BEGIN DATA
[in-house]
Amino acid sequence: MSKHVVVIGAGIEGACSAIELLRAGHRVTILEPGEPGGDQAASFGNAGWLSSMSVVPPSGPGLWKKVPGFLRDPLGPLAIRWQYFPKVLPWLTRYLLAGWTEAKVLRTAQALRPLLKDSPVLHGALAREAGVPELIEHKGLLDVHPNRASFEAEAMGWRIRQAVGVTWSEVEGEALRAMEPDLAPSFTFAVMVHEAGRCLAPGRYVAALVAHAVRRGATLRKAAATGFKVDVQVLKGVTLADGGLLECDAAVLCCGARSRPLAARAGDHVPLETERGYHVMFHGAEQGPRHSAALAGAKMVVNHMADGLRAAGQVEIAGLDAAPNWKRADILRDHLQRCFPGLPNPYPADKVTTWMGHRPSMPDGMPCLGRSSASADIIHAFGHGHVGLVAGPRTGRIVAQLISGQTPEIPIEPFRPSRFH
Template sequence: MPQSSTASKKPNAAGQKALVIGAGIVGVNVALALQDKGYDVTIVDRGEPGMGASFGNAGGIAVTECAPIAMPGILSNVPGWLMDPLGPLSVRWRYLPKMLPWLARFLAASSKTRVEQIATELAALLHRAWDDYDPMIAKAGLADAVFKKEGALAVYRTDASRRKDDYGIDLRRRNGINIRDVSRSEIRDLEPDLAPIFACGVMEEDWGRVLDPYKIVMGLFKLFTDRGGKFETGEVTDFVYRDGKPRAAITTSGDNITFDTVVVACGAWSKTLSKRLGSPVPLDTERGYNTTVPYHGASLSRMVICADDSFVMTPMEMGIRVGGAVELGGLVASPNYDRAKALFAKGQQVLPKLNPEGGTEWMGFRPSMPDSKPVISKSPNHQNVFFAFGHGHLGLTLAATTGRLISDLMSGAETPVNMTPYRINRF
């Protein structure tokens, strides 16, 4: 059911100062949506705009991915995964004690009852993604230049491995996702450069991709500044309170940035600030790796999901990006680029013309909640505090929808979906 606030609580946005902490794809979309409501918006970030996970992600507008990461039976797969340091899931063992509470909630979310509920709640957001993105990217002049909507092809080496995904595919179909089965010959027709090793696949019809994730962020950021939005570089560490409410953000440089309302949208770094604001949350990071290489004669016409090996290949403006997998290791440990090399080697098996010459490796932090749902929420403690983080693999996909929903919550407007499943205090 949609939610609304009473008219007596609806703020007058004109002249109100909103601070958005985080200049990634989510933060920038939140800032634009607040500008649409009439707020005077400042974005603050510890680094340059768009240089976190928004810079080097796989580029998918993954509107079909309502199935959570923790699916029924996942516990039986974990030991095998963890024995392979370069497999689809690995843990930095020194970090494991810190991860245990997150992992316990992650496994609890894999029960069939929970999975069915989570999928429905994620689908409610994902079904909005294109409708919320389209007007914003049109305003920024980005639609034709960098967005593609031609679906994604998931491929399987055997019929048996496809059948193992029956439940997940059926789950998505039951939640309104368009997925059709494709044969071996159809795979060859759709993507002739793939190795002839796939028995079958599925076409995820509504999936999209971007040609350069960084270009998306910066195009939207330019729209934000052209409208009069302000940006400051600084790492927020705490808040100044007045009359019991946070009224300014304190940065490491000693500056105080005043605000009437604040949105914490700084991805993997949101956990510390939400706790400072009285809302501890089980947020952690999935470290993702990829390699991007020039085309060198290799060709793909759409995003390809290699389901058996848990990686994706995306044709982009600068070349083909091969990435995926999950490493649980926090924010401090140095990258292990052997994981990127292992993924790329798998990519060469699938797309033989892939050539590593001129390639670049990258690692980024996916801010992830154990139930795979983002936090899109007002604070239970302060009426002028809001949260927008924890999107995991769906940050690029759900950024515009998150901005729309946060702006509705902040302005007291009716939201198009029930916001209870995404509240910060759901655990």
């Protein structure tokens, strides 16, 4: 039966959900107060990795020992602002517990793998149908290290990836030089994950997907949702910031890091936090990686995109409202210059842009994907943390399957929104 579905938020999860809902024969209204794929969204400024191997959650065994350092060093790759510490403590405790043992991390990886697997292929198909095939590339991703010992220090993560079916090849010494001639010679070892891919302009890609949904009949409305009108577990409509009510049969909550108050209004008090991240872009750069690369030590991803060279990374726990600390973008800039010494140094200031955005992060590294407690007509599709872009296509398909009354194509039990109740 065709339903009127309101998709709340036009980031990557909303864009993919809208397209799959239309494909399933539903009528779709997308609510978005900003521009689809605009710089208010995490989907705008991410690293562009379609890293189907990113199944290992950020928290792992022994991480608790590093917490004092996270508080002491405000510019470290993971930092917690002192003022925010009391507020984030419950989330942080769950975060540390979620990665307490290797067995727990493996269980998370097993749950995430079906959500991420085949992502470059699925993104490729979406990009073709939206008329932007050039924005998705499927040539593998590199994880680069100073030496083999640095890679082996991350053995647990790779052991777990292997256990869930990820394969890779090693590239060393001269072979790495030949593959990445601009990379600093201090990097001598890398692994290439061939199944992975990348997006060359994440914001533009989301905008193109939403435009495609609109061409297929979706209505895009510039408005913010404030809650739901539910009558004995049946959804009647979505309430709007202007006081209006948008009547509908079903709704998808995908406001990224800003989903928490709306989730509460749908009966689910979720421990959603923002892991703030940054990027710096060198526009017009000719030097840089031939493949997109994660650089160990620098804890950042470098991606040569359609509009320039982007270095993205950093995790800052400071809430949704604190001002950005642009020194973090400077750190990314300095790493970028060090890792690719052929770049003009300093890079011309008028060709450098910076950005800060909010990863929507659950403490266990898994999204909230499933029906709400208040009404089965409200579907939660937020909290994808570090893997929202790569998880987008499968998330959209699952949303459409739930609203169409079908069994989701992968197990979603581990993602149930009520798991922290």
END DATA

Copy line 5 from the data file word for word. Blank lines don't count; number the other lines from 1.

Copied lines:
């Protein structure tokens, strides 16, 4: 039966959900107060990795020992602002517990793998149908290290990836030089994950997907949702910031890091936090990686995109409202210059842009994907943390399957929104 579905938020999860809902024969209204794929969204400024191997959650065994350092060093790759510490403590405790043992991390990886697997292929198909095939590339991703010992220090993560079916090849010494001639010679070892891919302009890609949904009949409305009108577990409509009510049969909550108050209004008090991240872009750069690369030590991803060279990374726990600390973008800039010494140094200031955005992060590294407690007509599709872009296509398909009354194509039990109740 065709339903009127309101998709709340036009980031990557909303864009993919809208397209799959239309494909399933539903009528779709997308609510978005900003521009689809605009710089208010995490989907705008991410690293562009379609890293189907990113199944290992950020928290792992022994991480608790590093917490004092996270508080002491405000510019470290993971930092917690002192003022925010009391507020984030419950989330942080769950975060540390979620990665307490290797067995727990493996269980998370097993749950995430079906959500991420085949992502470059699925993104490729979406990009073709939206008329932007050039924005998705499927040539593998590199994880680069100073030496083999640095890679082996991350053995647990790779052991777990292997256990869930990820394969890779090693590239060393001269072979790495030949593959990445601009990379600093201090990097001598890398692994290439061939199944992975990348997006060359994440914001533009989301905008193109939403435009495609609109061409297929979706209505895009510039408005913010404030809650739901539910009558004995049946959804009647979505309430709007202007006081209006948008009547509908079903709704998808995908406001990224800003989903928490709306989730509460749908009966689910979720421990959603923002892991703030940054990027710096060198526009017009000719030097840089031939493949997109994660650089160990620098804890950042470098991606040569359609509009320039982007270095993205950093995790800052400071809430949704604190001002950005642009020194973090400077750190990314300095790493970028060090890792690719052929770049003009300093890079011309008028060709450098910076950005800060909010990863929507659950403490266990898994999204909230499933029906709400208040009404089965409200579907939660937020909290994808570090893997929202790569998880987008499968998330959209699952949303459409739930609203169409079908069994989701992968197990979603581990993602149930009520798991922290």